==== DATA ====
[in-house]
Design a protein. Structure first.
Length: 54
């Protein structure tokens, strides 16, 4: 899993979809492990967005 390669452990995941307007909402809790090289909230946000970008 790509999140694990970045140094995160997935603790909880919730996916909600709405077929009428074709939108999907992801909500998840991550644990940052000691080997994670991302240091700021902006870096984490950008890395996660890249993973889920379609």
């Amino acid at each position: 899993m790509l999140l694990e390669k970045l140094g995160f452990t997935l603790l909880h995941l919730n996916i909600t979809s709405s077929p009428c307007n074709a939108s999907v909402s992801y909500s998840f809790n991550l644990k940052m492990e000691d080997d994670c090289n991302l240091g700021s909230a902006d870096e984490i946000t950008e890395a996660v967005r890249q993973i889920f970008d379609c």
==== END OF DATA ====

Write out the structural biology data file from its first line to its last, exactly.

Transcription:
[in-house]
Design a protein. Structure first.
Length: 54
């Protein structure tokens, strides 16, 4: 899993979809492990967005 390669452990995941307007909402809790090289909230946000970008 790509999140694990970045140094995160997935603790909880919730996916909600709405077929009428074709939108999907992801909500998840991550644990940052000691080997994670991302240091700021902006870096984490950008890395996660890249993973889920379609």
């Amino acid at each position: 899993m790509l999140l694990e390669k970045l140094g995160f452990t997935l603790l909880h995941l919730n996916i909600t979809s709405s077929p009428c307007n074709a939108s999907v909402s992801y909500s998840f809790n991550l644990k940052m492990e000691d080997d994670c090289n991302l240091g700021s909230a902006d870096e984490i946000t950008e890395a996660v967005r890249q993973i889920f970008d379609c």